The filmmaker's intervention in the Wellington mayoral race, part of an effort to block a housing plan, was unheard-of in a country where money and fame are usually wielded lightly.
Peter Jackson, the film director behind the Lord of the Rings series, is a towering figure in his native New Zealand, admired as both a down-to-earth titan of the box office and a one-man income generator for the country's moviemaking and tourism industries.
But Jackson now finds himself at the centre of a debate over how he has exerted that influence. This week, he helped catapult to victory a mayoral candidate who shared his opposition to a proposed development project near his studios, an unheard-of local political intervention in a country where money, fame and power are most often wielded lightly.
Jackson had been embroiled for months in a fight with Justin Lester, the first-term mayor of Wellington, over plans to build houses on a rugged peninsula in the city's harbour. His opponent, Andy Foster, who had polled only in the single digits in previous mayor's races, beat Lester by 503 votes Saturday after receiving Jackson's political and financial backing.
Local government elections in New Zealand are usually sleepy affairs, with low voter turnout, small budgets and an absence of celebrity glamour. But the result in Jackson's home city led to accusations that money had tilted the field.
• Money isn't everything: Sir Peter Jackson and Wellington's mayoralty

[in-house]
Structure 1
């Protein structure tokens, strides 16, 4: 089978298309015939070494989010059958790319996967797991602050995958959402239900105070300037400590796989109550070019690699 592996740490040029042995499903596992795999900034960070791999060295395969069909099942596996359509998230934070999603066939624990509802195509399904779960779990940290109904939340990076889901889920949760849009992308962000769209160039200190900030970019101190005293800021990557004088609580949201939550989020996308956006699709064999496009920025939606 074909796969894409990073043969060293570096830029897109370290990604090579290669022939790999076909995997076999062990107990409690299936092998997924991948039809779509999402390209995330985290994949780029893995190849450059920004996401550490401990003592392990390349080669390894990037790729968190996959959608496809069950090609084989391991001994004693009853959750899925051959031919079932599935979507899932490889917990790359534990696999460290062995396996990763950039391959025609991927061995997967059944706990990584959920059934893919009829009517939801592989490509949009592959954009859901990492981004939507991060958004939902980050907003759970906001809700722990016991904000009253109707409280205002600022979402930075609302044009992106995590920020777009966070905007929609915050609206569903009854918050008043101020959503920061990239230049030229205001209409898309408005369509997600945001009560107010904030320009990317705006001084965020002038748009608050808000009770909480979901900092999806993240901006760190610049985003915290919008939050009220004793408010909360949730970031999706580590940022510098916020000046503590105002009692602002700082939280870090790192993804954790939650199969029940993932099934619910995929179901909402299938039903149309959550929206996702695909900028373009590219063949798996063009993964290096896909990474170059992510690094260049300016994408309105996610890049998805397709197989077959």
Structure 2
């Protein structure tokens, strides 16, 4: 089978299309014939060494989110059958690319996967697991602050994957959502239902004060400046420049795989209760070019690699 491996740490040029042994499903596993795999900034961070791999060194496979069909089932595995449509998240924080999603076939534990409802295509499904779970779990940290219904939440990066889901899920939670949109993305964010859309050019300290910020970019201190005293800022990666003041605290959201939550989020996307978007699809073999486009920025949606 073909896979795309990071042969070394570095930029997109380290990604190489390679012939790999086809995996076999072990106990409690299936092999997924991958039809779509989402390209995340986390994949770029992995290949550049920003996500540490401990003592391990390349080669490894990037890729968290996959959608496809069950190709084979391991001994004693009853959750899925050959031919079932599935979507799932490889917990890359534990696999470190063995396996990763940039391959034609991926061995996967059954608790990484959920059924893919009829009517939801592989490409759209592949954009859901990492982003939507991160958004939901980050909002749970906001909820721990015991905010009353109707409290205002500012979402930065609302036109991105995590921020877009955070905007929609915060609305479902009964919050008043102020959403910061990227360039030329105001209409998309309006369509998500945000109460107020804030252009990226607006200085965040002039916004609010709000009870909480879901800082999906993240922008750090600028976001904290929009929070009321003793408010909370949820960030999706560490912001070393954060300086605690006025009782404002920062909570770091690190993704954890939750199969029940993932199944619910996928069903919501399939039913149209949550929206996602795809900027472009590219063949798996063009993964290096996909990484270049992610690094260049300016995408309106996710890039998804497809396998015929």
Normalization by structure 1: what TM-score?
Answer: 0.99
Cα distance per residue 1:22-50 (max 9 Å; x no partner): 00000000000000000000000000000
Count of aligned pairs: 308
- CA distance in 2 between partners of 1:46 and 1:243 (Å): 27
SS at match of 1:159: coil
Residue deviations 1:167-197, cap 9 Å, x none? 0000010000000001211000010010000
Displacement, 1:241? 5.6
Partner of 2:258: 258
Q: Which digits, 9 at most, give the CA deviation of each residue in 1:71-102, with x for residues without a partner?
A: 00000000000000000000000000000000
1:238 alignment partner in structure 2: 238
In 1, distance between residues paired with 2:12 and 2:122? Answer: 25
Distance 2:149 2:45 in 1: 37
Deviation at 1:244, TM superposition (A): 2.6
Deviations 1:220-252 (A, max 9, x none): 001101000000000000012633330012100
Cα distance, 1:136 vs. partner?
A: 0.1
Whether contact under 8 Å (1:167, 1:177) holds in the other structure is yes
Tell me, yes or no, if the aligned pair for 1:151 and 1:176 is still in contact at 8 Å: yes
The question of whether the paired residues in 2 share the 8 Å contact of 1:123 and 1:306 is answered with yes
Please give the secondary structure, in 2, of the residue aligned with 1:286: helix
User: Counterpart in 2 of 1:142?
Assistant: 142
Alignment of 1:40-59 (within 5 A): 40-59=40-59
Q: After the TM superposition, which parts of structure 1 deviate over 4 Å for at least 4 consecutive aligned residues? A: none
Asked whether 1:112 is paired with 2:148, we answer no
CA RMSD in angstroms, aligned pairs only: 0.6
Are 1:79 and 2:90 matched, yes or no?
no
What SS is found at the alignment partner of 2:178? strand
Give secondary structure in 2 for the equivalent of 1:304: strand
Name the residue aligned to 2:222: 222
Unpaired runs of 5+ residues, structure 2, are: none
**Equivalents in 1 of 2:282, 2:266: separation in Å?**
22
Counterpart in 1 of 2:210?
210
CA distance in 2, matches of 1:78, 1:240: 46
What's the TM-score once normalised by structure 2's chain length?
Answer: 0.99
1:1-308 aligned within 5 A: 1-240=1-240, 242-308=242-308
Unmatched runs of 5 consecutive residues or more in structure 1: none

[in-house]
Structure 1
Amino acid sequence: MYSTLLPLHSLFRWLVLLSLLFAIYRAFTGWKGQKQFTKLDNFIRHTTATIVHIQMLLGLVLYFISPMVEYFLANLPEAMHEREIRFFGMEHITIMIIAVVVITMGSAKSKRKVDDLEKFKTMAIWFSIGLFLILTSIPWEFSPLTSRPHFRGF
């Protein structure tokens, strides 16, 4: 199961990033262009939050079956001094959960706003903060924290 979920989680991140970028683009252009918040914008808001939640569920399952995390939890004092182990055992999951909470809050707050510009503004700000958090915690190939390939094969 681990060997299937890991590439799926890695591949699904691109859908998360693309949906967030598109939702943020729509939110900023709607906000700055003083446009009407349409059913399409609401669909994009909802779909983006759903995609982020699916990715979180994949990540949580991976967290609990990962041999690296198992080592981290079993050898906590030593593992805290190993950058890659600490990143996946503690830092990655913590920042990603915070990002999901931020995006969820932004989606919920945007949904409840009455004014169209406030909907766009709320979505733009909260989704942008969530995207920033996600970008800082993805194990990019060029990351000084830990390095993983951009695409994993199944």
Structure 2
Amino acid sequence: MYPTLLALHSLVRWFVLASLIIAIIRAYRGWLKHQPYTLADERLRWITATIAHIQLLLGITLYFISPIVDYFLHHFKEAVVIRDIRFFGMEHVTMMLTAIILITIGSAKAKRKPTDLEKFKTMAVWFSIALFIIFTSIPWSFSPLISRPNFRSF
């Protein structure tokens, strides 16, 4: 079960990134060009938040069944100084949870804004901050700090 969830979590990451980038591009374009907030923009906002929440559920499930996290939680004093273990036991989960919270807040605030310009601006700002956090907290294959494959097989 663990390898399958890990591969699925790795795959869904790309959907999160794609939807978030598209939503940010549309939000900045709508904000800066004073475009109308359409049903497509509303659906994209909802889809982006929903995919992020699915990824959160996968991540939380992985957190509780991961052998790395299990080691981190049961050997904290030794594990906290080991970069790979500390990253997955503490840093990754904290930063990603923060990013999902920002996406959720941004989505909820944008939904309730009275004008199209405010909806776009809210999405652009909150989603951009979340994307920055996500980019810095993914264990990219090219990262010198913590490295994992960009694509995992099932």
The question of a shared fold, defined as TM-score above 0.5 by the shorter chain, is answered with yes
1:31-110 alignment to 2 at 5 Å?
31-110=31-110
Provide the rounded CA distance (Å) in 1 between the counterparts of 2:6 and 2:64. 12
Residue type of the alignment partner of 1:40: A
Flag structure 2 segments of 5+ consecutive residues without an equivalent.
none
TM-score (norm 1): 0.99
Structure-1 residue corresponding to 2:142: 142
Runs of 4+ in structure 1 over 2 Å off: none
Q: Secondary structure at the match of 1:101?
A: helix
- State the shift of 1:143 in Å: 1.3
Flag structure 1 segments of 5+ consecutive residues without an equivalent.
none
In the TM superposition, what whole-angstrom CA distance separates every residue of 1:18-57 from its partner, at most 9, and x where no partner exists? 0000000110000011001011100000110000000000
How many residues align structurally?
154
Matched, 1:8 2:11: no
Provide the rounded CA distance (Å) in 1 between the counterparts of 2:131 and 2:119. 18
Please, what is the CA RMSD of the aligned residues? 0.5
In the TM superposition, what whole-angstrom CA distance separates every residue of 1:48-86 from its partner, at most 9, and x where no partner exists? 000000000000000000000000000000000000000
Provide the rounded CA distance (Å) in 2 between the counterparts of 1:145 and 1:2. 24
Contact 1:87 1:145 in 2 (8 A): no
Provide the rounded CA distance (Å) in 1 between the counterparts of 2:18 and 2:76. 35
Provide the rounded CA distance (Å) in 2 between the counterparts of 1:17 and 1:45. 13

• Sir Peter Jackson-backed candidate wins Wellington mayoralty
• Sir Peter Jackson calls to congratulate new Wellington mayor
• Weta Digital asked staff to support Peter Jackson's mayoral candidate Andy Foster
"It's unfortunate in New Zealand that an election can be bought," said Lester, who spent about $20,000 on his campaign, compared with Foster's $56,000 — $36,000 of which came from donations, including Jackson's. The share of the total linked to Jackson was believed to be large, though the exact amount was unclear.
Lester said he had been willing to listen to Jackson's views on the housing development — the director's objections had been interpreted by many as an effort to keep high-density housing out of his part of town — but no more than he would to anyone else's.
"Just because someone has more money or influence doesn't mean they should have a greater say," Lester said.
Jackson called the election a victory against shadowy forces pushing the housing plan. In a statement emailed by his company, WingNut Films, he said that he, "along with the thousands of Wellingtonians" who voted Foster and other candidates into office, "shared their aims of bringing greater transparency and accountability to local government."
Sir Peter Jackson calls to congratulate new Wellington mayor
Too close to call: Wellington candidate backed by Peter Jackson has narrow lead
Although Jackson may have broken new political ground in the mayor's race, it was not the first time he has exercised his power with the country's politicians.
In March, The New Zealand Herald reported that Jackson had called a meeting with Jacinda Ardern, New Zealand's prime minister, after he heard that she was considering cutting government subsidies for the film industry.